The 8 Best And 7 Worst Moves In Boston Red Sox History

The Boston Red Sox are one of the most storied franchises in American Sports. It wasn't until the 21st century when people started to take note of it, though.

When the team traded Babe Ruth in 1919, the franchise embarked on an 86-year World Series drought. The team was so good for so many years in the '70s, '80s and '90s, but they were never good enough to break through and capture the championship. But after a series of big moves in the late '90s and early 2000s, the Red Sox became THE team of baseball. They've won three World Series championships since 2004 -- only the San Francisco Giants have as many.

Boston has since been one of the model American sports organizations, but it's amazing to think they have been a lot more successful over the decades. A series of terrible trades and awful free agent signings have prevented the Red Sox from accomplishing more.

Here is a look at the eight best and seven worst moves in Red Sox history.

Continue scrolling to keep reading

Click the button below to start this article in quick view

Start Now

15 Best: Trading For Dennis Eckersley

Gregory J. Fisher-USA TODAY Sports

Dennis Eckersley was coming off a breakout year with the Cleveland Indians in 1977, but the team opted to trade him to the Boston Red Sox in exchange for four solid veterans (namely Rick Wise and Mike Paxton). The deal worked out well for both sides, but Boston probably came out on the better end of it.

In his first year with the Red Sox, Eckersley went 20-8 with a 2.99 ERA and 162 strikeouts. The following season, he went 17-10 with another 2.99 ERA and 150 strikeouts. Eckersley did struggle down the stretch, as he lost speed on his fastball and eventually found himself traded to the Chicago Cubs in 1984.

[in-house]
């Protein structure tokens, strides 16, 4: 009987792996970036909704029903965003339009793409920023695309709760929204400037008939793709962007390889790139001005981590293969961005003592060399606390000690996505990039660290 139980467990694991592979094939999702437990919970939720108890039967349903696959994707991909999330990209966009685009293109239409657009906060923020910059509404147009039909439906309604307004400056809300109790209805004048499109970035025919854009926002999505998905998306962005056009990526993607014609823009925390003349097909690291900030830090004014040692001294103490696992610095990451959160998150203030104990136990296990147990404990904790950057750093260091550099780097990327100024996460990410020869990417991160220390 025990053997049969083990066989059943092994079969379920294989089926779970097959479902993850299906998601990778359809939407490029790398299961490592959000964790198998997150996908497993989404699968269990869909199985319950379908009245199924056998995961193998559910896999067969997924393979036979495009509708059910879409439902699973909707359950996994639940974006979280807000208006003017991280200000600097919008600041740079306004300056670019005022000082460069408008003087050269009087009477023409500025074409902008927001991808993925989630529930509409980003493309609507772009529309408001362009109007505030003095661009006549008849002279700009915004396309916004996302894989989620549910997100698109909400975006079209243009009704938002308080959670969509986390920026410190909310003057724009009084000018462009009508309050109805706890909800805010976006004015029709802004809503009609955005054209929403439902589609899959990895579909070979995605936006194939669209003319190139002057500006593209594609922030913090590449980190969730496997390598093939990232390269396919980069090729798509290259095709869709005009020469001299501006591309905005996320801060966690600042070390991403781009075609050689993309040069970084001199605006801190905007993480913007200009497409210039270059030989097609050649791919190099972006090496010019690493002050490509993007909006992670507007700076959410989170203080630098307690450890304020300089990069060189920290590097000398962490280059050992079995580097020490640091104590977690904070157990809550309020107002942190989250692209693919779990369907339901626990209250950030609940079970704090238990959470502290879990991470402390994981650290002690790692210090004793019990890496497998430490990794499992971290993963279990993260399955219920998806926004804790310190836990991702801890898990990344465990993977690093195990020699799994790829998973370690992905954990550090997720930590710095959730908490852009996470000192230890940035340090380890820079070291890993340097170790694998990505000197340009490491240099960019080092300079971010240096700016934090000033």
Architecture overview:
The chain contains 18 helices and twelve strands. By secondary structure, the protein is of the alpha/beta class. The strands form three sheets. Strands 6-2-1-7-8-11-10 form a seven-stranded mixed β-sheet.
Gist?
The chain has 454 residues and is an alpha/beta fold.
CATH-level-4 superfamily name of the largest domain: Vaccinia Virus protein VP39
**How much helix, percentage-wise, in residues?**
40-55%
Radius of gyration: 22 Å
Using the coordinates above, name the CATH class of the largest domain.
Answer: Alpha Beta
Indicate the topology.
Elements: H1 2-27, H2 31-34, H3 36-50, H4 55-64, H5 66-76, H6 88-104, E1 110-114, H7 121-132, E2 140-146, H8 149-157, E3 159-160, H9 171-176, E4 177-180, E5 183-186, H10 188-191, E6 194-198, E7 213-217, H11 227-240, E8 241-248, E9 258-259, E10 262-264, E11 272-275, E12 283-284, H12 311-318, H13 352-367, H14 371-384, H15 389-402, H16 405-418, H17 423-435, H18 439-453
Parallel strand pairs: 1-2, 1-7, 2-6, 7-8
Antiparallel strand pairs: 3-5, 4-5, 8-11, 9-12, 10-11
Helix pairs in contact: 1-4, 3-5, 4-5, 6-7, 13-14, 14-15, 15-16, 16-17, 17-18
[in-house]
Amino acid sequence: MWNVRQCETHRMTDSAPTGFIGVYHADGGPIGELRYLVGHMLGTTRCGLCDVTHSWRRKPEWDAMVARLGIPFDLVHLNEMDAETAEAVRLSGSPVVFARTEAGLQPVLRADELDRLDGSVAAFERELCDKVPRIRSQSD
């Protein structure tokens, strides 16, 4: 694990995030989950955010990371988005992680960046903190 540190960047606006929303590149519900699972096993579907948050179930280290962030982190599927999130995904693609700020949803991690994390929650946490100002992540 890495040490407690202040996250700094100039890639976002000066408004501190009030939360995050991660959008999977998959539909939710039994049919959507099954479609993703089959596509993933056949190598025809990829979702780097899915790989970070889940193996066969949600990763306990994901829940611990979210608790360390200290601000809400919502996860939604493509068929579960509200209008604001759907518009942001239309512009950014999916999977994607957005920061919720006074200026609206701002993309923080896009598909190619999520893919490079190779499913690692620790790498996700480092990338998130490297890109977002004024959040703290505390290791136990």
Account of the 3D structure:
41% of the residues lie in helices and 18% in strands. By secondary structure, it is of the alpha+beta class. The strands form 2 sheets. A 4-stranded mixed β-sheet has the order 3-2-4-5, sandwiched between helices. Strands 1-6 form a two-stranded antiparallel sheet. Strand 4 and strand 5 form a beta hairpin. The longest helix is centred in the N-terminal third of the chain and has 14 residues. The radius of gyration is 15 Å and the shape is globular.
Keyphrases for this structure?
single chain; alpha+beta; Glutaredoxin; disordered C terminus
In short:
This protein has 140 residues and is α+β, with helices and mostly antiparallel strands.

But Eckersley provided the Red Sox with a much-needed ace, and he delivered big time with a pair of Cy young-caliber seasons at a low cost.

14 Worst: Signing Edgar Renteria

via myredsoxtoday.com

On paper, signing Edgar Renteria to widen the chances of repeating as World Series champions seemed great for the Red Sox. Renteria was coming off an excellent 2014 season with the St. Louis Cardinals that saw him bat .287 with 72 RBI, 17 stolen bases and a respectable 1.8 WAR. After beating his Red Birds in the 2004 World Series, Boston signed Renteria to a four-year deal worth $40 million.

Renteria batted just .276 -- his worst since 2001, struck out 100 times, had a .385 slugging percentage and posted a WAR of just 1.1. Those were all among some of the worst totals he posted in years. The Red Sox traded him after one year in Beantown to the Atlanta Braves in exchange for Andy Marte.

13 Best: Acquiring Jason Varitek And Derek Lowe

David Butler II-USA TODAY Sports

The Boston Red Sox acquired Heathcliff Slocumb in 1995 after reaching his first All-Star Game as a member of the Philadelphia Phillies. But the Red Sox chose to end the relationship early by dealing him to the Seattle Mariners in 1997 for catcher Jason Varitek and starter Derek Lowe. Slocumb was out of the Emerald City after 1998 and the Red Sox got two franchise cornerstones.

Varitek became one of baseball's best hitting catchers and was a three-time All-Star. He batted .270 or better in four different seasons and had a trio of 20 home run seasons in Beantown. He posted a 3.7 WAR in the Red Sox' 2004 World Series-winning season and played with the team until 2011. Lowe was a two-time All-Star with Boston and posted a remarkable 21-win season in 2002. He also won 14 games in 2004 and went 3-0 in the postseason to help the BoSox win their first World Series in 86 years.

12 Worst: Trading Jon Lester For Yoenis Cespedes

Winslow Townson-USA TODAY Sports

John Lester was the Red Sox' best starting pitcher during his time in Beantown from 2006 to 2014. He was a three-time All-Star and helped them win the 2007 and 2013 World Series. Lester won 15-plus games in five seasons with the Red Sox, too.

But Boston was among the worst teams in baseball during the 2014 season despite winning the 2013 World Series. With Lester set to become a free agent, they traded him and Jonny Gomes to the Oakland Athletics for Yoenis Cespedes, who was among the American League's best hitters and defensive outfielders.

Boston had hoped that Lester would rejoin them in the offseason, but he signed with the Chicago Cubs instead. Cespedes was later traded for Rick Porcello, which has turned out nicely for Boston. But they could have gotten more for Lester; or even kept him and agree to an extension before he hit the market.

11 Best: Trading For Josh Beckett And Mike Lowell

Bob DeChiara-USA TODAY Sports

The Red Sox were obviously unhappy with their inability to defend their World Series championship in 2005. So they went out and acquired star pitcher Josh Beckett and elite third baseman Mike Lowell (Pictured Holding Commissioner's Trophy), along with Guillermo Mota, for Hanley Ramirez, Anibal Sanchez and two other players.